Deadly Shipwreck: How It Happened, and Unanswered Questions

STECCATO DI CUTRO (Italy): “Italy we have come!” cheered the youth in Urdu and Pashto as he filmed himself standing on a boat floating in bright blue water.
They were among about 180 migrants – Afghan, Pakistanis, Syrian, IraniPalestinians, Somalis and others – who left Turkey in the hope of a better, or simply safer, life in Europe.
Days later, dozens of them were dead. So far, 70 bodies have been recovered from the 26 February shipwreck near the small beach town of Staccato di Catro, but only 80 survivors, indicating that the death toll was higher, with some bodies of the victims in the Ionian Sea. Got lost.
The tragedy has exposed a lesser known migration route from Turkey to Italy.
It also took into account Italian and European migration policies, which have moved away from search and rescue since 2015, preferring border surveillance instead.
Questions are also being asked to the Italian government as to why the Coast Guard was not deployed until it was too late.
Based on court documents, testimony from survivors and relatives, and statements from officials, the AP reconstructs the events that lead to the shipwreck and questions left unanswered.

the fateful journey

In the early hours of Wednesday, February 22, migrants – including dozens of families with young children – boarded a leisure boat on a beach near Izmir after a truck journey from Istanbul and crossing jungle on foot.
They left the shore. But just three hours into their journey, the ship suffered engine failure. Still deep sea, an old wooden gulet – a traditional Turkish style of boat – arrived as a replacement.
The smugglers and their assistants told the emigrants to hide below deck as they continued their journey westward. Without life jackets or seats, they were huddled to the floor, passing out for air, or to relieve themselves, only briefly.
Survivors said that the second boat also had engine problems, stopped several times along the way.
Three days later, on Saturday, 25 February, at 10.26 p.m., an aircraft of the European Union Border and Coast Guard patrolling the Ionian Sea spotted a boat headed for the Italian coast.
The agency, known as Frontex, said the vessel “showed no signs of distress” and was navigating at 6 knots with “good” buoyancy.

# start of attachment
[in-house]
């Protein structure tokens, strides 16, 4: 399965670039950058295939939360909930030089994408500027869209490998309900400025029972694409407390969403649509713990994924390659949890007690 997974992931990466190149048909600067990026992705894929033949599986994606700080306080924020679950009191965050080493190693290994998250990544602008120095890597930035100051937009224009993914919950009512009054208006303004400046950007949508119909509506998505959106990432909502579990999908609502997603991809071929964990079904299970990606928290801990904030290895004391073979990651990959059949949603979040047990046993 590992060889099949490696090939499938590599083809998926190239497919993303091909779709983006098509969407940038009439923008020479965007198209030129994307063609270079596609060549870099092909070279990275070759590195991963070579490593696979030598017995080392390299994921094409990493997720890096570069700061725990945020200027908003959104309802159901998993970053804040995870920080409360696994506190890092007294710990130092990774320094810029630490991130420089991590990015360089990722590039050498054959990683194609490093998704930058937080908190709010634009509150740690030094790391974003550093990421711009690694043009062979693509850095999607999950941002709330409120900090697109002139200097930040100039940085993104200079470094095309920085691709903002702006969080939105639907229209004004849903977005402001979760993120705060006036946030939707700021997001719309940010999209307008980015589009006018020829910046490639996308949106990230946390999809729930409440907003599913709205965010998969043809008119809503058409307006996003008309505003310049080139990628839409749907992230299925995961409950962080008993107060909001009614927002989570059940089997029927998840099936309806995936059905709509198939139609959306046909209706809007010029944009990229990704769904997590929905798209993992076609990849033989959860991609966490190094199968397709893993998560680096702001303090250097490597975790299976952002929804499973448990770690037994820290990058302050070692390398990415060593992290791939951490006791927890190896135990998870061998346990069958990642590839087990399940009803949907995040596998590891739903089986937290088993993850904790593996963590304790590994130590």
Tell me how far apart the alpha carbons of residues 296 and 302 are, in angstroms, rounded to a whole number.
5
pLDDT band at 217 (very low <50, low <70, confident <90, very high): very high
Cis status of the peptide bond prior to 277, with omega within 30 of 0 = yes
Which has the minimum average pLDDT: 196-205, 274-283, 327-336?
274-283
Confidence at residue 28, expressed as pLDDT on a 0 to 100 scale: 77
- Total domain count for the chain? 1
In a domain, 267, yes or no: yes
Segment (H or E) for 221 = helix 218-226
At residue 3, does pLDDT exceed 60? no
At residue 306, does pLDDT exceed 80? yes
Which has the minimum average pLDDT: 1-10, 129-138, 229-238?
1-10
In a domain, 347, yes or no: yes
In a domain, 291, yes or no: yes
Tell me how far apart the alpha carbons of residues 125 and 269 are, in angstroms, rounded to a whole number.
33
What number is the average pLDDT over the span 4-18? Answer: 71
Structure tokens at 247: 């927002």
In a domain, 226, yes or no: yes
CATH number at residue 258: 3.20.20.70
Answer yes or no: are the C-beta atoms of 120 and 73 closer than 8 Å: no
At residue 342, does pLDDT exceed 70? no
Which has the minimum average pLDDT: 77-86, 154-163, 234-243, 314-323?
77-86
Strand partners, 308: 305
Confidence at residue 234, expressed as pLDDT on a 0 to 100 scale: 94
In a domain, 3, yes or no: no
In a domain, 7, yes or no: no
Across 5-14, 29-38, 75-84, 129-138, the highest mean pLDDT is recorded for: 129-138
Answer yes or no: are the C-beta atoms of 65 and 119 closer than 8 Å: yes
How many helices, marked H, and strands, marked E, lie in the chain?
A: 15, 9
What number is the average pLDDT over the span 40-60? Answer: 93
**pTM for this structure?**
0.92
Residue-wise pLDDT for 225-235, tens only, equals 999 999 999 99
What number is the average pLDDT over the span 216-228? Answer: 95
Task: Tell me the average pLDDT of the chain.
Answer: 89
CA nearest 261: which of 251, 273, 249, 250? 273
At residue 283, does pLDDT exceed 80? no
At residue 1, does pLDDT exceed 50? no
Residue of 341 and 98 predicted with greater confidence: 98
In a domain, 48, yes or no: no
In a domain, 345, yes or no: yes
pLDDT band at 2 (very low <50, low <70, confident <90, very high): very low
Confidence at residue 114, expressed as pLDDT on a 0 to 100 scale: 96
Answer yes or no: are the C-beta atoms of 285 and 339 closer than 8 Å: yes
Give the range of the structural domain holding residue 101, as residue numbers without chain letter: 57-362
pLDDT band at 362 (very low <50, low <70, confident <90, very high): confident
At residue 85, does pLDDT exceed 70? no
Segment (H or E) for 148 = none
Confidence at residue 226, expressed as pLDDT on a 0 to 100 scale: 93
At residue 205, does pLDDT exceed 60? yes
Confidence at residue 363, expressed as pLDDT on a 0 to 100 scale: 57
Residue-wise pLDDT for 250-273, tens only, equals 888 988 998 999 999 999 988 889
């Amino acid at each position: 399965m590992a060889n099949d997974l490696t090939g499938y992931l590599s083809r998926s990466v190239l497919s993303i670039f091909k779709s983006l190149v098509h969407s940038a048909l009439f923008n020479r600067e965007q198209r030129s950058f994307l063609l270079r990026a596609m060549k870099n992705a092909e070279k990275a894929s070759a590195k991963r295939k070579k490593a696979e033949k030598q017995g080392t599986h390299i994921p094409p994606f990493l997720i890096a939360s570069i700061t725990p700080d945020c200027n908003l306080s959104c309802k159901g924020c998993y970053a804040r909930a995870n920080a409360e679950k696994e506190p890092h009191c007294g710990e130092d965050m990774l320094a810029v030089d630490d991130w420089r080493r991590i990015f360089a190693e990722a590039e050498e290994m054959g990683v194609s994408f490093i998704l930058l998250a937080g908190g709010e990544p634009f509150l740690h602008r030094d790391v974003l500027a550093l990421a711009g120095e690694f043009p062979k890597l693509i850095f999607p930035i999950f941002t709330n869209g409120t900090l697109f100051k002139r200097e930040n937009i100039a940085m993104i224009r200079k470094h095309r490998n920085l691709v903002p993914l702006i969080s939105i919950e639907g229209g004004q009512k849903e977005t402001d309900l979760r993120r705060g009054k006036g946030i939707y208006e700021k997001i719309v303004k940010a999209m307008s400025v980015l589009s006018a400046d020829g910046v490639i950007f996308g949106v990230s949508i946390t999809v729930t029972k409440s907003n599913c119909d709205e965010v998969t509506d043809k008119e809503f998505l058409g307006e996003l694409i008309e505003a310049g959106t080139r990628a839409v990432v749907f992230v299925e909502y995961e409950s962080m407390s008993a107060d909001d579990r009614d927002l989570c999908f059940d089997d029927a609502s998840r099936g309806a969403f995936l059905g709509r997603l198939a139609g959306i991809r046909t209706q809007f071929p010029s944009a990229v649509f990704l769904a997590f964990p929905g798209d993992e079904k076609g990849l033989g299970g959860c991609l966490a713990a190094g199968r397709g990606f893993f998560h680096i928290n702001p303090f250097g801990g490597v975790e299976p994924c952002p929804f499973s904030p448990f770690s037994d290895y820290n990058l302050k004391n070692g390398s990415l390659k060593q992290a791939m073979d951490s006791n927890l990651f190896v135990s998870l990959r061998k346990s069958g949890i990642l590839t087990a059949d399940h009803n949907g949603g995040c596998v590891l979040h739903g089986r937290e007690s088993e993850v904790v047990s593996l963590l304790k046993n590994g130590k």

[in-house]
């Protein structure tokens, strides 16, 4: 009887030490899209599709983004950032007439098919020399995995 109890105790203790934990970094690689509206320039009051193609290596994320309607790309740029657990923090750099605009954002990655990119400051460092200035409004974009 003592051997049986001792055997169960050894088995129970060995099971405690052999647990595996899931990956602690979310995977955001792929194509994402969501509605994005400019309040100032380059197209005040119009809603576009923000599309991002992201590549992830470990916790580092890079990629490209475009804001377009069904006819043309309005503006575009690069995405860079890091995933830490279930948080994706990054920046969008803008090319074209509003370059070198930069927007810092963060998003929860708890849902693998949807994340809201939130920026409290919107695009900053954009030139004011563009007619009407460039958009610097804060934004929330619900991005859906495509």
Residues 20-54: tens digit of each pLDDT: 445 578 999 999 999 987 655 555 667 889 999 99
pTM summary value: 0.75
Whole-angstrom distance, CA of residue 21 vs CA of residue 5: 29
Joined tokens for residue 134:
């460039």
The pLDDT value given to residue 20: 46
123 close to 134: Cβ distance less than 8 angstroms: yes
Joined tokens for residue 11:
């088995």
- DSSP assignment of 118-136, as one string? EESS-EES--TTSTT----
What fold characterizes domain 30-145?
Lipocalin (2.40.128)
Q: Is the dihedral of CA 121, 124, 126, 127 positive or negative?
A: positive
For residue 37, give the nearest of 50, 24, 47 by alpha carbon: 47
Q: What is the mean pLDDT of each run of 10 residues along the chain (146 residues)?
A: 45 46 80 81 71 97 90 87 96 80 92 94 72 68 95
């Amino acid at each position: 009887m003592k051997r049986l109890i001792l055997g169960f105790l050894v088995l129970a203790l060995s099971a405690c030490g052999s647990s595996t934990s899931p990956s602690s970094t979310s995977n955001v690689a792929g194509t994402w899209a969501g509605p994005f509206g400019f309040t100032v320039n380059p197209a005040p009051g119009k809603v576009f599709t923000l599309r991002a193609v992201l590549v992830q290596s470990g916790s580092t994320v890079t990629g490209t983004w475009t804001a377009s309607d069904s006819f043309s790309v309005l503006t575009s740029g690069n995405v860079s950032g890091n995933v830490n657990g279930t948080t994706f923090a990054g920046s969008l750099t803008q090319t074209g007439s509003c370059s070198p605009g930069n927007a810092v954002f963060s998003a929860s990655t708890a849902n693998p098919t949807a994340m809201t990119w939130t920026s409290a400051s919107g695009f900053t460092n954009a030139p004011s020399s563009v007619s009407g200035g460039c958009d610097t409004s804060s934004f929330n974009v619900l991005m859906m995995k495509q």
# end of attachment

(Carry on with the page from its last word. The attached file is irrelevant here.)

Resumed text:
Frontex sent an email to the Italian authorities at 11.03 pm reporting one person on the upper deck detected by thermal cameras and possibly more below. No lifejackets could be seen.
The email also mentions that a satellite phone call was made from the boat to Turkey.
In response to the Frontex sighting, the matter was classified as “an activity of the Marine Police”. Italy’s Guardia di Finanza, or financial police, which also has a border and customs role, sent two patrols to “intercept the ship”.
In form of Turkish boat Arriving off Italy’s Calabrian coast on Saturday evening, some migrants on the boat were allowed to pass messages to family, informing them of their impending arrival and releasing an 8,000-euro fee agreed with smugglers.
According to survivors’ testimony to investigators, the boat drivers told anxious passengers that they needed to wait a few more hours to disembark to avoid being caught.
At 3.48 a.m. on Sunday, February 26, the ships of the Financial Police returned to the base, without reaching the boat due to bad weather.
Police contacted the coast guard to ask if they had any ships at sea “in case there was a serious situation”, according to communications obtained by the Italian ANSA agency and confirmed by AP.
The Coast Guard replied that they did not. “Okay, that was just to inform you,” a police officer said before hanging up.
A few minutes later, at about 4 a.m., local fishermen off the southern coast of Italy saw the light in the dark. People waved their cell phone flashlights from the top of a boat stranded on a sandbank.
According to survivors, the suspected smugglers grabbed a black tube, possibly a life jacket, and jumped into the water to save themselves. Waves kept crashing into the ship until it suddenly broke apart. Survivors said that the sound was like an explosion. People fell into the cold water trying to grab anything. Many did not know how to swim.